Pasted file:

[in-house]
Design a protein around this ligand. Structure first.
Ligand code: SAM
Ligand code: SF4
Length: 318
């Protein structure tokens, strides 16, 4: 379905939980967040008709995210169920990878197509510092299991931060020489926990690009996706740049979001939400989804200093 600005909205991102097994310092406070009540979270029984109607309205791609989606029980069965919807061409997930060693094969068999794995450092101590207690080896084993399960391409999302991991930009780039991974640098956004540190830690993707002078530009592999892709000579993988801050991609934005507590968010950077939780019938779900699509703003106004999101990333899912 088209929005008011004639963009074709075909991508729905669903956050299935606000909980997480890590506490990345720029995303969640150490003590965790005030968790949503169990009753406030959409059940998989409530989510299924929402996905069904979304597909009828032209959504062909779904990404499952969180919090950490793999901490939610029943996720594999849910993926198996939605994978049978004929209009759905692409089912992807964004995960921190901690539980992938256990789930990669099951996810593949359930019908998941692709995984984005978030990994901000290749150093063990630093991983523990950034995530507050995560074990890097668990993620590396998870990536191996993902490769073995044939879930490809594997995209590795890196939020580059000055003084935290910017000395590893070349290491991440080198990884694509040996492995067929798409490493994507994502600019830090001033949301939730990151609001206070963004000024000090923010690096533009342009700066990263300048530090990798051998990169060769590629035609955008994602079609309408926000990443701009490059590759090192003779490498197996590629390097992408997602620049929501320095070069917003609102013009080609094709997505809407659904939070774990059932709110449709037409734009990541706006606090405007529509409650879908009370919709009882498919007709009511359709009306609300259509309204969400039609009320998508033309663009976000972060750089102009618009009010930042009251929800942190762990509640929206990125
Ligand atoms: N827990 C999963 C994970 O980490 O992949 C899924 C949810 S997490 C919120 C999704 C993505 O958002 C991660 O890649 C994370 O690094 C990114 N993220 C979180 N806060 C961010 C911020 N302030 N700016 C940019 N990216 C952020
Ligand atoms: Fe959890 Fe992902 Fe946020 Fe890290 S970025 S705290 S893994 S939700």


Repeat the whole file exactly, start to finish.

[in-house]
Design a protein around this ligand. Structure first.
Ligand code: SAM
Ligand code: SF4
Length: 318
């Protein structure tokens, strides 16, 4: 379905939980967040008709995210169920990878197509510092299991931060020489926990690009996706740049979001939400989804200093 600005909205991102097994310092406070009540979270029984109607309205791609989606029980069965919807061409997930060693094969068999794995450092101590207690080896084993399960391409999302991991930009780039991974640098956004540190830690993707002078530009592999892709000579993988801050991609934005507590968010950077939780019938779900699509703003106004999101990333899912 088209929005008011004639963009074709075909991508729905669903956050299935606000909980997480890590506490990345720029995303969640150490003590965790005030968790949503169990009753406030959409059940998989409530989510299924929402996905069904979304597909009828032209959504062909779904990404499952969180919090950490793999901490939610029943996720594999849910993926198996939605994978049978004929209009759905692409089912992807964004995960921190901690539980992938256990789930990669099951996810593949359930019908998941692709995984984005978030990994901000290749150093063990630093991983523990950034995530507050995560074990890097668990993620590396998870990536191996993902490769073995044939879930490809594997995209590795890196939020580059000055003084935290910017000395590893070349290491991440080198990884694509040996492995067929798409490493994507994502600019830090001033949301939730990151609001206070963004000024000090923010690096533009342009700066990263300048530090990798051998990169060769590629035609955008994602079609309408926000990443701009490059590759090192003779490498197996590629390097992408997602620049929501320095070069917003609102013009080609094709997505809407659904939070774990059932709110449709037409734009990541706006606090405007529509409650879908009370919709009882498919007709009511359709009306609300259509309204969400039609009320998508033309663009976000972060750089102009618009009010930042009251929800942190762990509640929206990125
Ligand atoms: N827990 C999963 C994970 O980490 O992949 C899924 C949810 S997490 C919120 C999704 C993505 O958002 C991660 O890649 C994370 O690094 C990114 N993220 C979180 N806060 C961010 C911020 N302030 N700016 C940019 N990216 C952020
Ligand atoms: Fe959890 Fe992902 Fe946020 Fe890290 S970025 S705290 S893994 S939700």